If you or a loved one has suffered harm to your physical health because of a doctor’s failure to diagnose kidney disease or you suffered the loss of a kidney due to medical negligence, Florida law entitles you to seek compensation for damages in civil court. A Miami medical malpractice attorney can answer your questions about taking legal action during a free consultation. Below we offer more information about the injuries that can result when doctors who should be competent at diagnosing kidney disease commit malpractice.

Chronic Kidney Disease (CKD) and Accompanying Complications

Ultrasound Showing Chronic Kidney Disease

The CDC defines chronic kidney disease as any condition that prevents your kidneys from working at full capacity for three months or longer. CKD can result from a doctor’s failure to diagnose kidney disease and leads to all types of health issues and complications related to the loss of kidney function, many of which result in death without immediate medical treatment. Many diseases and conditions can fall under the umbrella of CKD. They include:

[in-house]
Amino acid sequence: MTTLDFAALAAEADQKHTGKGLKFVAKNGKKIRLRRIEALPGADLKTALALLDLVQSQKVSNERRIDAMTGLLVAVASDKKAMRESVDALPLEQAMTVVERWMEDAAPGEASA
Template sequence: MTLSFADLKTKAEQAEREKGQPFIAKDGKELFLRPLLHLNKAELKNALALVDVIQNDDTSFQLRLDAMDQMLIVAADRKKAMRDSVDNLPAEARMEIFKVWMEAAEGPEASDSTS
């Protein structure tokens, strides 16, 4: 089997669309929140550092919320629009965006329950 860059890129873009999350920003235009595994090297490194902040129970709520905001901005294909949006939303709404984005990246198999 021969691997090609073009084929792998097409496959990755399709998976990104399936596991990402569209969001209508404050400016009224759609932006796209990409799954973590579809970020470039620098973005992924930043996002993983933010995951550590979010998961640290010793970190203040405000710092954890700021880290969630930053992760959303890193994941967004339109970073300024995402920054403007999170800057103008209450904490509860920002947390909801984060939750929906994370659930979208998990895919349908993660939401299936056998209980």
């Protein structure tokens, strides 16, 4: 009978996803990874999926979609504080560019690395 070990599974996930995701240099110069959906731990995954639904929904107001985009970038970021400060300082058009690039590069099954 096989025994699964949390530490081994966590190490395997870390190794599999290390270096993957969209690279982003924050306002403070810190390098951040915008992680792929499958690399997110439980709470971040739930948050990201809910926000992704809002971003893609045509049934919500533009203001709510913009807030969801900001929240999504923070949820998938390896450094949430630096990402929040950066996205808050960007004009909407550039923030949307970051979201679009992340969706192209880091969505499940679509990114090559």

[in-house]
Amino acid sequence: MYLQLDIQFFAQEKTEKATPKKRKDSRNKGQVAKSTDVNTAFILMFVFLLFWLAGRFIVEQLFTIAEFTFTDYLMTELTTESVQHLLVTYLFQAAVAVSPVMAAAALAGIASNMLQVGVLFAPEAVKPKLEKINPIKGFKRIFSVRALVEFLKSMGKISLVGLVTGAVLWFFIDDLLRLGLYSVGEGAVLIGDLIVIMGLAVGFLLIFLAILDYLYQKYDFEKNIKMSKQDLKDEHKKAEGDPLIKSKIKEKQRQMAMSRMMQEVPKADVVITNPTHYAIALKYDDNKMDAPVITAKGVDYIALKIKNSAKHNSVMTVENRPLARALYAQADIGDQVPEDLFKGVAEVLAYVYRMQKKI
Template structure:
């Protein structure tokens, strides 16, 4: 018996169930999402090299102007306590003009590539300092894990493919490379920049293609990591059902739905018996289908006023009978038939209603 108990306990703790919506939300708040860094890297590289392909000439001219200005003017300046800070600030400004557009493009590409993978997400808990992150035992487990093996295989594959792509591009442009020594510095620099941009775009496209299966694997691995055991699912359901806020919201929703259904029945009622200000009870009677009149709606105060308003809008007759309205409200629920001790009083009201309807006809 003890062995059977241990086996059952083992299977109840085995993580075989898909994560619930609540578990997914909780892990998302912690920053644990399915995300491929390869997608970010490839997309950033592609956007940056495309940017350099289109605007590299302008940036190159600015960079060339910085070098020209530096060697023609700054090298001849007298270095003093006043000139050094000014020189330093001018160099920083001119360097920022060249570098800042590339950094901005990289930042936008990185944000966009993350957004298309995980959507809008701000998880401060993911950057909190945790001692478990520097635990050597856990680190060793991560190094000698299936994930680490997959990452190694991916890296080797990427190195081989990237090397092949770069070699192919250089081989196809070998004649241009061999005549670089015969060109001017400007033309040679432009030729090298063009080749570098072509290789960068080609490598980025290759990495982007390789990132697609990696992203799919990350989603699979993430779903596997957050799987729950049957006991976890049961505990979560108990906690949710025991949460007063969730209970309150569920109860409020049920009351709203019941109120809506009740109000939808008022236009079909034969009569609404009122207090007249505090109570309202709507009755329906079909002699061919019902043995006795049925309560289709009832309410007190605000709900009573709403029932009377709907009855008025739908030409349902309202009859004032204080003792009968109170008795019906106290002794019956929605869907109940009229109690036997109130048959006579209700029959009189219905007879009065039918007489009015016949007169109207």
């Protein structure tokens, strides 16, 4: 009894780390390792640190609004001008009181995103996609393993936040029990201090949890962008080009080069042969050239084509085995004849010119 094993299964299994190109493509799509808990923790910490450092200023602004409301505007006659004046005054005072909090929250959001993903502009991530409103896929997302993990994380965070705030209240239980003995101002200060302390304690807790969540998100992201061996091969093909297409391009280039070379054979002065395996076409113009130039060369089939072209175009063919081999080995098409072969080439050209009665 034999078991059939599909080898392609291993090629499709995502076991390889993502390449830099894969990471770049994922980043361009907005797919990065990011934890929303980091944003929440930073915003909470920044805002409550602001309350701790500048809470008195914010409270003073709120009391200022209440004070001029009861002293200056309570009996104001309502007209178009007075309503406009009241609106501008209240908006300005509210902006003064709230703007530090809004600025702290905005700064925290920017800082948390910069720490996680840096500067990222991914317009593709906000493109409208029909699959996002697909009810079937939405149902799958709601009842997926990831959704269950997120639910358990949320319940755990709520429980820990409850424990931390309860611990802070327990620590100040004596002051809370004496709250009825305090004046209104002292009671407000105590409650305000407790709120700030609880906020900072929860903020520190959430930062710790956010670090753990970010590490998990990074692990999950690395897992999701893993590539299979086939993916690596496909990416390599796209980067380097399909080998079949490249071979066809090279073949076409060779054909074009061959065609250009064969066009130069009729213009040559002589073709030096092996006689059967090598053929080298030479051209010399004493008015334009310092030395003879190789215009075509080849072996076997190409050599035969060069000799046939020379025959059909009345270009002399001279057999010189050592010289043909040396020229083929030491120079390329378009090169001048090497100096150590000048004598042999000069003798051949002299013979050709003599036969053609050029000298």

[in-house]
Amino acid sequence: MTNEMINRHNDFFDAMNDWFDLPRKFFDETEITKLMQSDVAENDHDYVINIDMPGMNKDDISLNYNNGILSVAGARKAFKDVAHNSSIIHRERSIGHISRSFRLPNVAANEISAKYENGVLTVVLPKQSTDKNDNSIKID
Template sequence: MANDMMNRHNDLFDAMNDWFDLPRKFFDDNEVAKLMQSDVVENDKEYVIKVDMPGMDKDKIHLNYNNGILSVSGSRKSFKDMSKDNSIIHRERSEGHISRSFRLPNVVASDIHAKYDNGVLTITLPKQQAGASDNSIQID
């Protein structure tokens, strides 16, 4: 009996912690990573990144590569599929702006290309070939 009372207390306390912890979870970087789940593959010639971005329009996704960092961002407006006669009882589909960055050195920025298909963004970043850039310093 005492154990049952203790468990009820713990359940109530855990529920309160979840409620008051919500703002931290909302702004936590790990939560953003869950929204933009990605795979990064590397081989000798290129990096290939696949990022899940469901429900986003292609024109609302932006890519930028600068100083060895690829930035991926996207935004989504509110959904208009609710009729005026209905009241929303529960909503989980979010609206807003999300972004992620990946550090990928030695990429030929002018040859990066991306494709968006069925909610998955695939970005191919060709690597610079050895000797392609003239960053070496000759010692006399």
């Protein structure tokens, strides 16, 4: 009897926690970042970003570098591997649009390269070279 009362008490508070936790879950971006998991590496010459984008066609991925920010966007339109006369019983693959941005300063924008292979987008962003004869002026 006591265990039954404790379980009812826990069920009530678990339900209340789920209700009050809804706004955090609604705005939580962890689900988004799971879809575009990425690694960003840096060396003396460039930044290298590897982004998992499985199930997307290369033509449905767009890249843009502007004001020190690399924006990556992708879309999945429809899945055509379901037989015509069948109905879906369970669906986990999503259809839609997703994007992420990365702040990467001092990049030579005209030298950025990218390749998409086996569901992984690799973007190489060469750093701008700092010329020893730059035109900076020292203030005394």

• Chronic kidney infections are a type of urinary tract infection that can occur when one or both kidneys start to lose function and leave bacteria-laden waste in the body, creating toxic urine. If left untreated, a kidney infection can lead to permanent kidney damage, problems with pregnancy, and blood poisoning—more commonly called sepsis.
  • Polycystic kidney disease (PKD) is a genetic disorder that refers to the development of cysts within the kidneys. As the cysts grow, kidneys enlarge and gradually lose their function. According to the Mayo Clinic, it’s not uncommon for people to have PKD for years and not know. Yet, diagnosing this kidney disease early gives patients a chance to make lifestyle changes that can help prevent some associated complications like high blood pressure and kidney failure.